Jack Nicklaus and a few of his legendary pals played a round of golf on Sunday that helped raise an estimated $1 million for the family of Massachusetts golfer Dana Quigley.
Arnold Palmer, Gary Player, and Lee Trevino joined Nicklaus and 18 other superstars for a February 3 pro-am whose funds will assist in the recovery of Dana’s son Devon from a tragic 2011 car accident that left the younger Quigley fighting for his life. Against all odds, Devon pulled through, but is unable to move or talk, according to Jim McCabe, ex of the Boston Globe and now with Golfweek.
“We’re sort of an intimate group; we know each others’ families,” Ben Crenshaw told the Palm Beach Post. “We’ve all sort of been through the wars, but when something like this happens we know it could be our kid. When the idea was brought forth we said, ‘What a nice thing; we’ve got to do it.’ So we’re only too happy to be here for Devon and Dana.”
The elder Quigley, an 11-time Champions Tour winner and University of Rhode Island graduate who will compete in this week’s Allianz Championship, was greatly moved.
“This is what the golf community is about: people helping people,” he said. “All our stuff is predicated on charity. Devon has met and knows every one of these guys, and what can you say?”
Nicklaus took the reins, hosting a party at his home on Saturday night that included an auction featuring the chance to play 18 holes with him and Player. That item hauled in six figures and the auction raised more than $400,000, according to the Post.
Sunday’s round, in which the icons of the game and 72 amateurs teed it up at the Floridian Golf & Yacht Club in Palm City, Fla., reportedly raised another $600,000.
“It’s a great cause,” said Palmer. “Dana has been a great friend of mine for years, and to see this accident happen is very sad. I just hope that all of this will make it turn, [and] things like this could help make that happen.”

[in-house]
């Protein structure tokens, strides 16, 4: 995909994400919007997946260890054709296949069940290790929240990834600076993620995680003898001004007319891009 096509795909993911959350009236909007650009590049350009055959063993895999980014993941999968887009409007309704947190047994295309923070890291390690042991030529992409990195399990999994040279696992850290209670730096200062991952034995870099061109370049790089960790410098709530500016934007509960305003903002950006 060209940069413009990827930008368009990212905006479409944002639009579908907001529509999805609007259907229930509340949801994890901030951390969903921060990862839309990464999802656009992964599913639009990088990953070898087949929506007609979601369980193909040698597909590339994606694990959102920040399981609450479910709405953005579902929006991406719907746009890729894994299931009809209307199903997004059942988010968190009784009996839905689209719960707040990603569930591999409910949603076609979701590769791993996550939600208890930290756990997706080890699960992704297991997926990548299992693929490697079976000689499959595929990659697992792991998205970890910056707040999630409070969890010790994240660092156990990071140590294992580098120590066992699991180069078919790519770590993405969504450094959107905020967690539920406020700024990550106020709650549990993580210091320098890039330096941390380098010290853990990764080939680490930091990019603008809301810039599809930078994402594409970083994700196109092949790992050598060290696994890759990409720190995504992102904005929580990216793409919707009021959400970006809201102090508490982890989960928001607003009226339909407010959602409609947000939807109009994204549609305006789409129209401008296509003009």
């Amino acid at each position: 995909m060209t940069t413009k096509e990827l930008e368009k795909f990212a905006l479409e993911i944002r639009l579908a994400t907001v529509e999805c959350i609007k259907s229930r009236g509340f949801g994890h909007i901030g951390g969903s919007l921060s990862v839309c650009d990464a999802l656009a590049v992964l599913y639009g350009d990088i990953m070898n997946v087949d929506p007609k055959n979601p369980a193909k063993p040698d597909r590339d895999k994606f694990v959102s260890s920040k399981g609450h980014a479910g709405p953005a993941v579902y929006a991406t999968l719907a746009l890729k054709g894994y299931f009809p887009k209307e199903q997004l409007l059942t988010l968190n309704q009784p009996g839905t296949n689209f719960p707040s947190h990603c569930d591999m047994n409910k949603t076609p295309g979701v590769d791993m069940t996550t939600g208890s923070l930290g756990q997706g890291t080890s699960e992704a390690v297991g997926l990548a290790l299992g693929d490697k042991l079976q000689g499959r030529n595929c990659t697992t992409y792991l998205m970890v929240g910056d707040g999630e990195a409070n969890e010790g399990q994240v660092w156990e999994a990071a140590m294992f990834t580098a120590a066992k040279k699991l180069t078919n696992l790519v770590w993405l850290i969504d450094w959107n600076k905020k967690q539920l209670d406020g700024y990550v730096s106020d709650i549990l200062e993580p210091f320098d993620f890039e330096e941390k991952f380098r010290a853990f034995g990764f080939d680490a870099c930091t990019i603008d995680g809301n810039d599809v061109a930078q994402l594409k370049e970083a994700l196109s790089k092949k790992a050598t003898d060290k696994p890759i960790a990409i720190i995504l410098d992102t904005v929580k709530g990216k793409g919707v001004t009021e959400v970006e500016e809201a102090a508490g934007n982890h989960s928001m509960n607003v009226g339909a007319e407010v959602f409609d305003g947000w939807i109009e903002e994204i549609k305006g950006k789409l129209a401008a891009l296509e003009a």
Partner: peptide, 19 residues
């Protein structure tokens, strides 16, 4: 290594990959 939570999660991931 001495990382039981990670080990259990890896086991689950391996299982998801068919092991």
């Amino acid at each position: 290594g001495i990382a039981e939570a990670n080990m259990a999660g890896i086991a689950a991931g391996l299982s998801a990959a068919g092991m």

The late-night Nov. 30, 2011, crash nearly took Devon Quigley’s life. Today, though, the 28-year-old who had no medical insurance, is making progress.
“He’s home in Rhode Island; my ex-wife takes him for rehab every day,” said Devon’s dad, who journeys between West Palm Beach and Rhode Island every other week to be with his son. “He’s moving his head now; when he coughs he can lift it back up without help, which is a huge improvement. [That’s] a major breakthrough for a kid they said was never going to make it.
“It’s very, very tiny improvements, the kind that only a family that’s living with him would notice,” Quigley added. “But they’re huge improvements for us. It gives us a lot of encouragement.”
For Nicklaus, the event was all about aiding one of the tour’s own.
“Friends help friends, and golfers help golfers,” he said. “We had a friend who needed help, and we’re here.”
As for the field, which was limited to Hall of Famers and/or major champions, Dana Quigley laughingly told McCabe about not being eligible for his son’s event and having to turn away his nephew, a professional golfer from Massachusetts, as well as another rather well-known New Englander.
“[Brett Quigley] called to tell me he was ready to play, couldn’t wait, and he said Fax [Brad Faxon] was on board, too,” Dana Quigley said. “I had to tell him they couldn’t play, but not to feel bad. I can’t play, either.”
Quigley was overcome when expressing to McCabe his gratitude for the sold-out event thrown by so many of golf’s nobility, each of whom paid his own way.
“Words can’t express my feelings for what they’re doing for Devon,” he said.